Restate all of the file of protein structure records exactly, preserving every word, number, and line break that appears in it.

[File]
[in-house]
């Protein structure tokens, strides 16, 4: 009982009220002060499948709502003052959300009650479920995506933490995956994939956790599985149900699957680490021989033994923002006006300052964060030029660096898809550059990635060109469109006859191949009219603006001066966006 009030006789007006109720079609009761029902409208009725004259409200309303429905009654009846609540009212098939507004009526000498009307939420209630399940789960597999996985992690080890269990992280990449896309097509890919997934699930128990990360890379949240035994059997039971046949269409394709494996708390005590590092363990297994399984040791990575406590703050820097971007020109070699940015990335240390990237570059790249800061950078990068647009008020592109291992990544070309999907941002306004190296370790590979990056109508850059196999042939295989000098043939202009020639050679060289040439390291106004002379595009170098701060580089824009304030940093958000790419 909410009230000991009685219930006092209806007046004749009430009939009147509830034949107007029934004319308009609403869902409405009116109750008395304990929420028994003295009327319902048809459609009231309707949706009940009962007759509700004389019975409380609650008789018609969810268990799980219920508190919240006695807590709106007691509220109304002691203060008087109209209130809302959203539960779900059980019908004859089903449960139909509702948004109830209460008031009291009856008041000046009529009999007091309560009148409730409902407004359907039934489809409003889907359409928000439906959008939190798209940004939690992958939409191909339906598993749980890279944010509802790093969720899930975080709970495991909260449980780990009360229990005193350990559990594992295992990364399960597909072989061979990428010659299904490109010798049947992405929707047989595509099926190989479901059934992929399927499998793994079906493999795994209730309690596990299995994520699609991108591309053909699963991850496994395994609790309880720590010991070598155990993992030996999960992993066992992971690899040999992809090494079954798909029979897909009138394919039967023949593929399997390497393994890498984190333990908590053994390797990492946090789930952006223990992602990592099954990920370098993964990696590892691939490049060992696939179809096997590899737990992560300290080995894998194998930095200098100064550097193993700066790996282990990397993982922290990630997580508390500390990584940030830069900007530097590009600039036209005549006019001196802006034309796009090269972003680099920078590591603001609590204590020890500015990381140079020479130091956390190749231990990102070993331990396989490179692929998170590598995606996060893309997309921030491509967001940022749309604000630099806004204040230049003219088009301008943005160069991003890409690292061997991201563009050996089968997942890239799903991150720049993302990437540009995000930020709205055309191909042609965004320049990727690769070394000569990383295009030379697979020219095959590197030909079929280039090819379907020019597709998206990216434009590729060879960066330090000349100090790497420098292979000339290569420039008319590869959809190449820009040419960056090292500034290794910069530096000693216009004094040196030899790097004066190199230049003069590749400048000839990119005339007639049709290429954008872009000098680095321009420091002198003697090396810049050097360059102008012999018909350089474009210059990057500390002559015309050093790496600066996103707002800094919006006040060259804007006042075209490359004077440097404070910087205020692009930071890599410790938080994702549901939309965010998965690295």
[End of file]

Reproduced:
[in-house]
């Protein structure tokens, strides 16, 4: 009982009220002060499948709502003052959300009650479920995506933490995956994939956790599985149900699957680490021989033994923002006006300052964060030029660096898809550059990635060109469109006859191949009219603006001066966006 009030006789007006109720079609009761029902409208009725004259409200309303429905009654009846609540009212098939507004009526000498009307939420209630399940789960597999996985992690080890269990992280990449896309097509890919997934699930128990990360890379949240035994059997039971046949269409394709494996708390005590590092363990297994399984040791990575406590703050820097971007020109070699940015990335240390990237570059790249800061950078990068647009008020592109291992990544070309999907941002306004190296370790590979990056109508850059196999042939295989000098043939202009020639050679060289040439390291106004002379595009170098701060580089824009304030940093958000790419 909410009230000991009685219930006092209806007046004749009430009939009147509830034949107007029934004319308009609403869902409405009116109750008395304990929420028994003295009327319902048809459609009231309707949706009940009962007759509700004389019975409380609650008789018609969810268990799980219920508190919240006695807590709106007691509220109304002691203060008087109209209130809302959203539960779900059980019908004859089903449960139909509702948004109830209460008031009291009856008041000046009529009999007091309560009148409730409902407004359907039934489809409003889907359409928000439906959008939190798209940004939690992958939409191909339906598993749980890279944010509802790093969720899930975080709970495991909260449980780990009360229990005193350990559990594992295992990364399960597909072989061979990428010659299904490109010798049947992405929707047989595509099926190989479901059934992929399927499998793994079906493999795994209730309690596990299995994520699609991108591309053909699963991850496994395994609790309880720590010991070598155990993992030996999960992993066992992971690899040999992809090494079954798909029979897909009138394919039967023949593929399997390497393994890498984190333990908590053994390797990492946090789930952006223990992602990592099954990920370098993964990696590892691939490049060992696939179809096997590899737990992560300290080995894998194998930095200098100064550097193993700066790996282990990397993982922290990630997580508390500390990584940030830069900007530097590009600039036209005549006019001196802006034309796009090269972003680099920078590591603001609590204590020890500015990381140079020479130091956390190749231990990102070993331990396989490179692929998170590598995606996060893309997309921030491509967001940022749309604000630099806004204040230049003219088009301008943005160069991003890409690292061997991201563009050996089968997942890239799903991150720049993302990437540009995000930020709205055309191909042609965004320049990727690769070394000569990383295009030379697979020219095959590197030909079929280039090819379907020019597709998206990216434009590729060879960066330090000349100090790497420098292979000339290569420039008319590869959809190449820009040419960056090292500034290794910069530096000693216009004094040196030899790097004066190199230049003069590749400048000839990119005339007639049709290429954008872009000098680095321009420091002198003697090396810049050097360059102008012999018909350089474009210059990057500390002559015309050093790496600066996103707002800094919006006040060259804007006042075209490359004077440097404070910087205020692009930071890599410790938080994702549901939309965010998965690295």